PARENTS OF autistic children are planning a demonstration in support of the doctor at the centre of the MMR controversy, when he is summoned for a disciplinary hearing next month.
The Sunday Herald has learned that Dr Andrew Wakefield – who first suggested a link between the triple jab for mumps, measles and rubella, and autism and bowel disease – is due to appear before the General Medical Council (GMC) on July 16.
His research, published in 1998, led to widespread public fears about the safety of the vaccine and triggered a decline in MMR immunisation levels across the UK. Prime minister Tony Blair was even drawn into the row after consistently refusing to reveal whether his son Leo, now seven, received the jab.
Wakefield, who is now working in America, has faced widespread criticisms over the claims, with subsequent studies failing to confirm the link. In late 2004, the GMC launched an inquiry into allegations of serious professional misconduct against him and two former colleagues.
But parents who believe their children’s autism has been triggered by the vaccine are planning to show their support for the doctor outside next month’s disciplinary hearing in London.
In addition, an online petition to demand the government and health organisations “stop investigating the doctors and start investigating the patients” has collected more than 4000 signatures.
Campaigner Bill Welsh, president of the Edinburgh-based Autism Treatment Trust, claimed Wakefield was the victim of a “medical establishment witch-hunt”.
“Dr Wakefield listened to the parents about their children’s disease, clinically investigated the children and reported what he found – where is the crime in that?” he said. “This trial undermines the possibility of any future independent scientific research that might challenge establishment policy.”
The petition, started by campaigner Nigel Thomas – who has two brothers diagnosed with autism – states: “I have seen first-hand their decline, seen them screaming in pain and I have seen how all but a handful of doctors repeatedly refused to investigate their problems, brushing off the family’s concerns and leaving us helpless, like thousands of other families around the world.
“The only doctors who were prepared to help are now on trial whilst the children are denied basic investigations.”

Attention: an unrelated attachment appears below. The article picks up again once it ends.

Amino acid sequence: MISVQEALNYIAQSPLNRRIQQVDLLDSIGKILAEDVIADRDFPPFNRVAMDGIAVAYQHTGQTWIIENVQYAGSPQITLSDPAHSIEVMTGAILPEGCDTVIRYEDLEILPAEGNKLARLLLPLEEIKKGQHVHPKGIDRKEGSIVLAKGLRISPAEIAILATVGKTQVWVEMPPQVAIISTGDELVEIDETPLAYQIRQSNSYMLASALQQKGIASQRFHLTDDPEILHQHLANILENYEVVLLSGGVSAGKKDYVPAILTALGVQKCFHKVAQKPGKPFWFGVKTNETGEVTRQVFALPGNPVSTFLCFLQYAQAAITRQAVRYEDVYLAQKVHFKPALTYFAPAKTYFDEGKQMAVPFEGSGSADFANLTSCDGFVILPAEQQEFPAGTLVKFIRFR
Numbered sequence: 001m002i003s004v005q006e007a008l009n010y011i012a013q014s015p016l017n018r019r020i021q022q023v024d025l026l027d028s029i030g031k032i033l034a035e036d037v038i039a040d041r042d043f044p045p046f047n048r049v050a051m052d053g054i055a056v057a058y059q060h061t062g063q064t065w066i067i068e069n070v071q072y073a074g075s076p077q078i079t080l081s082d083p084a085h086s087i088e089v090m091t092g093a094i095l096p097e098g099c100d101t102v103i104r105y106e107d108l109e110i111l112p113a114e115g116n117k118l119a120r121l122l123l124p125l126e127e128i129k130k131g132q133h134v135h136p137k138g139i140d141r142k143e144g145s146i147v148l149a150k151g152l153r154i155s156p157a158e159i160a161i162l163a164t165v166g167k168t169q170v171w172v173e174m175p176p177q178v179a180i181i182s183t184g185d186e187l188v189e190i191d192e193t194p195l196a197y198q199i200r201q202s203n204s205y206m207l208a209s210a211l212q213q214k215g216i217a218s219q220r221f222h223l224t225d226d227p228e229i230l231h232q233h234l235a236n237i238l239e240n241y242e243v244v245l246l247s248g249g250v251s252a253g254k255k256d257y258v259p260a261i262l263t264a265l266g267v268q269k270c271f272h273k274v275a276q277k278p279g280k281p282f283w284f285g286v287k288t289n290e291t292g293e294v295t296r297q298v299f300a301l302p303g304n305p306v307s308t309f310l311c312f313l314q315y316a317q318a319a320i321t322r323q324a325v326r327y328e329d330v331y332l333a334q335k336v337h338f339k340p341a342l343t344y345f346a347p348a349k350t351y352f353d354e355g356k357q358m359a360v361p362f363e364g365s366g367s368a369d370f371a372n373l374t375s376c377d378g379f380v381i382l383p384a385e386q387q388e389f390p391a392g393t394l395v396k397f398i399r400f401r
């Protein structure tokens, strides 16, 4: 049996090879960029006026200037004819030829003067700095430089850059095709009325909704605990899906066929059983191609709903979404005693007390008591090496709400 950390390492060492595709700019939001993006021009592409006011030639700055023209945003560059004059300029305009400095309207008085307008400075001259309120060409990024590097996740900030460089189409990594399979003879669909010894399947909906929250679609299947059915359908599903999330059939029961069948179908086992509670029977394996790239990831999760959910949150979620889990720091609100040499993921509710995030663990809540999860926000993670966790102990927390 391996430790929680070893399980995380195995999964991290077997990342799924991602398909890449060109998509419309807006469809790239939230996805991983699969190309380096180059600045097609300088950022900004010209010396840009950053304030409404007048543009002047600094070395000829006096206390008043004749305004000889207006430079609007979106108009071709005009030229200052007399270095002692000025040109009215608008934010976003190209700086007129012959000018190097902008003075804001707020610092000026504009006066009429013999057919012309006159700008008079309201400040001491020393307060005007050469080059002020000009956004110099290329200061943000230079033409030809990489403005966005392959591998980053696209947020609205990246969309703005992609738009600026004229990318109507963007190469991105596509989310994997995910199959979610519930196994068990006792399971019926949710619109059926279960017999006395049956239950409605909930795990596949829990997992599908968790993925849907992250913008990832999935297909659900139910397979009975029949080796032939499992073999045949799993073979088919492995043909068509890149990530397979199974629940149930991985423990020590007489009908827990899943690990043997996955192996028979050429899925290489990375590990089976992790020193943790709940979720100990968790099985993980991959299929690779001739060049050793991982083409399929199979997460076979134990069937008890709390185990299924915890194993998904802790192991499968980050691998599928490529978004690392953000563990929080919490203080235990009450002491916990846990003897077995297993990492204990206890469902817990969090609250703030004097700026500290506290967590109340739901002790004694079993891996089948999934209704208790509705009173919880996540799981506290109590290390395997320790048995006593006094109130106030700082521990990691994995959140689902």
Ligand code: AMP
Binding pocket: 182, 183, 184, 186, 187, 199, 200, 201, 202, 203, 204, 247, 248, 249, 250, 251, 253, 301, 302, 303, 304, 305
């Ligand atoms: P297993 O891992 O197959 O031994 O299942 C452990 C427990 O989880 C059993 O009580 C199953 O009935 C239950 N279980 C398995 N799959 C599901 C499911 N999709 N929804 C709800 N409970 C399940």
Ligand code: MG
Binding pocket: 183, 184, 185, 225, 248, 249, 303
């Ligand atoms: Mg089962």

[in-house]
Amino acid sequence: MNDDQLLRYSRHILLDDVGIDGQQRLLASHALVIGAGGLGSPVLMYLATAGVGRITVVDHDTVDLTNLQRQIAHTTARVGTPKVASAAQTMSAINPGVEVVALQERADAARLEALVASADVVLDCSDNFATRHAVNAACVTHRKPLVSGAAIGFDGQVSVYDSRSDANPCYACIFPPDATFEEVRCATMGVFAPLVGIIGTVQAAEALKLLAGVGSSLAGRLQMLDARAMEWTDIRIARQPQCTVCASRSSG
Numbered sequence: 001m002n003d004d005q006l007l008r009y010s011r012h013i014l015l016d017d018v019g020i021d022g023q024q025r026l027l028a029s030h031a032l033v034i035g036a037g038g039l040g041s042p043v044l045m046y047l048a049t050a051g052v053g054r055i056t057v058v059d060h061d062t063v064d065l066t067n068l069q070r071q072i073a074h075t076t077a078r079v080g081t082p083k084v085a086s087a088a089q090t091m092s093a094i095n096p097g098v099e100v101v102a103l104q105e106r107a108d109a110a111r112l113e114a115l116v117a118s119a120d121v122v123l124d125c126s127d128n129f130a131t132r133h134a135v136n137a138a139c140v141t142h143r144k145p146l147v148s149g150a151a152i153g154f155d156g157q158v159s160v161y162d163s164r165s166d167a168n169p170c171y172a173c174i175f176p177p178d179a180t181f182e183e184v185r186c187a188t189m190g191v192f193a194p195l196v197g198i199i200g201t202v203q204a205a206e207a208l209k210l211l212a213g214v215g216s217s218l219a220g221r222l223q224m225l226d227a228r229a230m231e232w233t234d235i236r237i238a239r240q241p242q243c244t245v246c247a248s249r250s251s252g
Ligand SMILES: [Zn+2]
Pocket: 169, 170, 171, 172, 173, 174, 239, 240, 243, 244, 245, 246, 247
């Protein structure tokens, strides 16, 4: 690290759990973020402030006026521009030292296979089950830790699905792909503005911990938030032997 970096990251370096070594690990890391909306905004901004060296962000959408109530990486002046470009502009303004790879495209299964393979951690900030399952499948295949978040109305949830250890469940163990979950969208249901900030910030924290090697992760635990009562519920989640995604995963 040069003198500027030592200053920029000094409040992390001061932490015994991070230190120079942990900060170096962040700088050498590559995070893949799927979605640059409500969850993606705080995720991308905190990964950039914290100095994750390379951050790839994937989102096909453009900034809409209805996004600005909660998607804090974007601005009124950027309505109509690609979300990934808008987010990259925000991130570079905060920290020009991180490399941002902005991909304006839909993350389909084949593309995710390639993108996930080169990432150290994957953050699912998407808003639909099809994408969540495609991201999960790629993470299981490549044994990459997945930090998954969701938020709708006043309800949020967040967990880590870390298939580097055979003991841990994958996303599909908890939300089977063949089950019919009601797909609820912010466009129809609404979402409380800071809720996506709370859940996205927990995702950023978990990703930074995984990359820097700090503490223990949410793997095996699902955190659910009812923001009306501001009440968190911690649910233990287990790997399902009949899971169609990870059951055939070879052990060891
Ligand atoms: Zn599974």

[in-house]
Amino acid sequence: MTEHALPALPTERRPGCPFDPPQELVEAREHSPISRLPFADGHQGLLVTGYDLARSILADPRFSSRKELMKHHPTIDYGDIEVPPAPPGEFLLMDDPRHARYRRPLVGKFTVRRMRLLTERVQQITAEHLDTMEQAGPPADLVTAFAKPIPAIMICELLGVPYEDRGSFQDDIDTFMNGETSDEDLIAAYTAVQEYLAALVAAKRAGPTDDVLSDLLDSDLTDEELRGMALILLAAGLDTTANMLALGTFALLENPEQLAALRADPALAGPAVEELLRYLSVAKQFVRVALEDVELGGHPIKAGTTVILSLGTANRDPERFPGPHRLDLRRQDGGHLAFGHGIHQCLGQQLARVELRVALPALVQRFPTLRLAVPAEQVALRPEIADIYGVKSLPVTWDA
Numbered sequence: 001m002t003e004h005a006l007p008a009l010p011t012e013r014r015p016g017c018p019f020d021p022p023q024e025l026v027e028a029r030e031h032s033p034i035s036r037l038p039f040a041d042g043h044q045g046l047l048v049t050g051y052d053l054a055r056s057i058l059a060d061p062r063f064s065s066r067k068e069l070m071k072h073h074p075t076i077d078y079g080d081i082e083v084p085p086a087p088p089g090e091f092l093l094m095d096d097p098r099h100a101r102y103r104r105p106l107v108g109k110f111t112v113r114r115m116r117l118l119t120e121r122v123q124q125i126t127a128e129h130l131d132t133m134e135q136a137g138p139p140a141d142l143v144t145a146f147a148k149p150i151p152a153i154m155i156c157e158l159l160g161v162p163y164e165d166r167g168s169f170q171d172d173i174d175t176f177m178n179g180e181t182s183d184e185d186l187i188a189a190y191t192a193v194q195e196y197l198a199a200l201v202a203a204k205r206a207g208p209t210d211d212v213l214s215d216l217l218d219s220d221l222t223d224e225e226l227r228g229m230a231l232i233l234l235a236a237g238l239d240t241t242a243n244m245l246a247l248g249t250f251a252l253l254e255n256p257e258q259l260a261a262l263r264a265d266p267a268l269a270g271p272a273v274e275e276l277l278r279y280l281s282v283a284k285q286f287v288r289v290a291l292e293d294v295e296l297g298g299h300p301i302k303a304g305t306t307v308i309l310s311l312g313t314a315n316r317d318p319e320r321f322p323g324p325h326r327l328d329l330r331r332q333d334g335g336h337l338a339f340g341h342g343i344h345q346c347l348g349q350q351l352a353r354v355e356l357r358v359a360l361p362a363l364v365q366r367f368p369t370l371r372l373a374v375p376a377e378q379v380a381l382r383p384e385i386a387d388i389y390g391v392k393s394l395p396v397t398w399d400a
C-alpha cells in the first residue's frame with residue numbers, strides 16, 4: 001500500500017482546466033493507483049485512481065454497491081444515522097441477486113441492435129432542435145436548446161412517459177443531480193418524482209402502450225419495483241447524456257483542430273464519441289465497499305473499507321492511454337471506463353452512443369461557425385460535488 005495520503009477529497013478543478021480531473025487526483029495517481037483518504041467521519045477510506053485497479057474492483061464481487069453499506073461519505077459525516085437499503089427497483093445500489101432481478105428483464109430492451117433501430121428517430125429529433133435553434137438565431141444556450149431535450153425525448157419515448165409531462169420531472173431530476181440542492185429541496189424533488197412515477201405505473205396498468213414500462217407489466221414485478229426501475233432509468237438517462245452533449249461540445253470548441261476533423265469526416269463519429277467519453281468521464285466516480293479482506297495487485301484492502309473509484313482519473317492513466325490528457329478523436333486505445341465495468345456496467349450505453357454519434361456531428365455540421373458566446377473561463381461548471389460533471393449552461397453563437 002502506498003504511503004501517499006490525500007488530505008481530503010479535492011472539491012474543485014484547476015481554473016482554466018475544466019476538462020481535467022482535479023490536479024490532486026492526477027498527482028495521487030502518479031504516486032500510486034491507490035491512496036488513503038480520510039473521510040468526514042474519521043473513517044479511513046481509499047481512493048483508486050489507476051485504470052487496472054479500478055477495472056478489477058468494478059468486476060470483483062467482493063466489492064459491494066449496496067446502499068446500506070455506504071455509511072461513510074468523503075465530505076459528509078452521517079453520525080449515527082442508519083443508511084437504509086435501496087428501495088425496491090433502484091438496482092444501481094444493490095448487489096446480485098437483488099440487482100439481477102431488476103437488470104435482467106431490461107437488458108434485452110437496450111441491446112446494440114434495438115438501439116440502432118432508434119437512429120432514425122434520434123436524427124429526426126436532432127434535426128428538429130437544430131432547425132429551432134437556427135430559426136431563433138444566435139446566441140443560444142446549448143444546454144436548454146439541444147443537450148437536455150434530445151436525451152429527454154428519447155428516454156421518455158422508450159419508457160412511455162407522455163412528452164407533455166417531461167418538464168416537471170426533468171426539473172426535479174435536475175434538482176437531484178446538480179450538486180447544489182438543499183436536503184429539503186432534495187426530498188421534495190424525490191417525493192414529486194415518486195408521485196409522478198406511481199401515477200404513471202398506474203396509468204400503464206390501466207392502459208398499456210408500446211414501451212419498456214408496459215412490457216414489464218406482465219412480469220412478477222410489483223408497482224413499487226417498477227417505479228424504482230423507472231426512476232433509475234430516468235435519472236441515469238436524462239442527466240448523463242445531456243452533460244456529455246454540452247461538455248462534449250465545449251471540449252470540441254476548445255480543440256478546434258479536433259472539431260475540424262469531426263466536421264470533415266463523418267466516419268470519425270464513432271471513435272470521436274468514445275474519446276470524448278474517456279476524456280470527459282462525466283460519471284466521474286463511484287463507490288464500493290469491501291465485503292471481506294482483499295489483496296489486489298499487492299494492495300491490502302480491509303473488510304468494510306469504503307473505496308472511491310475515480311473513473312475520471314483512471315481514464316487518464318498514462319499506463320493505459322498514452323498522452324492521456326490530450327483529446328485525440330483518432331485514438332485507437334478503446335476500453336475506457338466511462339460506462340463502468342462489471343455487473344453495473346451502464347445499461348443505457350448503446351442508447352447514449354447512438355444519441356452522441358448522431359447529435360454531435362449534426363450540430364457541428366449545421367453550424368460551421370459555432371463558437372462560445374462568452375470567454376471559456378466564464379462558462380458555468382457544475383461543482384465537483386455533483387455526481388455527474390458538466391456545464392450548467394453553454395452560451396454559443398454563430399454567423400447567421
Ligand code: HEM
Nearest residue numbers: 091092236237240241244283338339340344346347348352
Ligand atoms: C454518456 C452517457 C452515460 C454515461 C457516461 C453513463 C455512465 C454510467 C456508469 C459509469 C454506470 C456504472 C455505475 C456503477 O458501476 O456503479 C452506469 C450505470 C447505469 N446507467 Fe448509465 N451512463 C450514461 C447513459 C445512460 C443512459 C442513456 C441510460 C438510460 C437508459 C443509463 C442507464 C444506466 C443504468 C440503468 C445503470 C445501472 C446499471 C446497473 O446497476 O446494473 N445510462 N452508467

A spokesman for the GMC told the Sunday Herald that there would be a hearing involving Wakefield “in the near future”, but insisted he could not confirm the date. He added that the exact charges which were being brought against the doctor would only be revealed at the start of the hearing.
Health officials have consistently maintained that MMR is safe and latest figures show that confidence in the jab is returning. However, vaccination rates across Scotland are still around 3% below the 95% target.
A government spokeswoman said MMR was the safest, most effective way of protecting children.
“The uptake of the MMR vaccination remains at a higher level than in recent times, but we will continue to monitor the level of immunisation,” she added.
But many parents still harbour doubts. A Sunday Herald investigation last year revealed that thousands of children in Scotland have received single jabs for measles, mumps and rubella in recent years, with parents paying hundreds of pounds at private clinics because they are not available on the NHS.
Louise Tollin, from East Kilbride, thinks MMR led to her child being diagnosed with autism in 2004. She said four-year-old Christopher showed no signs of problems until he received the vaccine, when he “began to regress before her eyes”.
“Christopher was born normal, I am 100% sure about that,” she said. “He got the MMR at the beginning of June and by the end of the month he had stopped responding to his name.”
She added: “I think the government knows exactly what is going on and it is all being swept under the carpet.”